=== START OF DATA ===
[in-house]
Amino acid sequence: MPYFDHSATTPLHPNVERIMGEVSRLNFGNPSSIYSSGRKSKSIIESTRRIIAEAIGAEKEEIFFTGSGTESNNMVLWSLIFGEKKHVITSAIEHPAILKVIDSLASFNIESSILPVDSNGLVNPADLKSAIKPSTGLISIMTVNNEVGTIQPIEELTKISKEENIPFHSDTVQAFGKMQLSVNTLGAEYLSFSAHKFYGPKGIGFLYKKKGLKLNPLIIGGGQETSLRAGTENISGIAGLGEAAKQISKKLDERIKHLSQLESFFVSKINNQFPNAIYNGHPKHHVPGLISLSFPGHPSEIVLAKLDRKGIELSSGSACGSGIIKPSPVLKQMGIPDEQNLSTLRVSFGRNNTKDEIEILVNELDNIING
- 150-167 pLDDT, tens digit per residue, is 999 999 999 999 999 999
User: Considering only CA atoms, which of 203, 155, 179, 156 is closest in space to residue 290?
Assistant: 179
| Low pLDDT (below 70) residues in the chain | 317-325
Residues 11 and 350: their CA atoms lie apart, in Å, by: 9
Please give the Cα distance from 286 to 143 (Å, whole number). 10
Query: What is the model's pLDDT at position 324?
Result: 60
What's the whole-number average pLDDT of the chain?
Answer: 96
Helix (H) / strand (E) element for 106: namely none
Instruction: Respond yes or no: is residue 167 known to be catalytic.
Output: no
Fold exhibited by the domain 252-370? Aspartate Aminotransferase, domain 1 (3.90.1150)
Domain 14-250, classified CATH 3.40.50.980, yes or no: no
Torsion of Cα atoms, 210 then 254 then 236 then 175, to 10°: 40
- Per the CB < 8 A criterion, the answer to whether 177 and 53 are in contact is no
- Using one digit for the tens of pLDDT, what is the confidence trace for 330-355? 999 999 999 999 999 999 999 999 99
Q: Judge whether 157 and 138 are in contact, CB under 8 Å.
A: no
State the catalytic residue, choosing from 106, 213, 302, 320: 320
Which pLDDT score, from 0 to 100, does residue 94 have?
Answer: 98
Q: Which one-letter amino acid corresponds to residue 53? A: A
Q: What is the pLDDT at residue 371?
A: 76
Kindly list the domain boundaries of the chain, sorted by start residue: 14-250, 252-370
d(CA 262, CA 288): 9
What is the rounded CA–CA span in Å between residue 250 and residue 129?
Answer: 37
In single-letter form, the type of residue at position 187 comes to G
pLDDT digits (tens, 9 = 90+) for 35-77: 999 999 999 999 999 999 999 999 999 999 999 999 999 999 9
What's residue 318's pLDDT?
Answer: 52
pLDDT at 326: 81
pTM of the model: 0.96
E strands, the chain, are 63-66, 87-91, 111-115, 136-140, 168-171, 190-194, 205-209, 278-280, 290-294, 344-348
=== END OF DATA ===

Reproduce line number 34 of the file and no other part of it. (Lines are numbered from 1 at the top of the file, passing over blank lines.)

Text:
pLDDT digits (tens, 9 = 90+) for 35-77: 999 999 999 999 999 999 999 999 999 999 999 999 999 999 9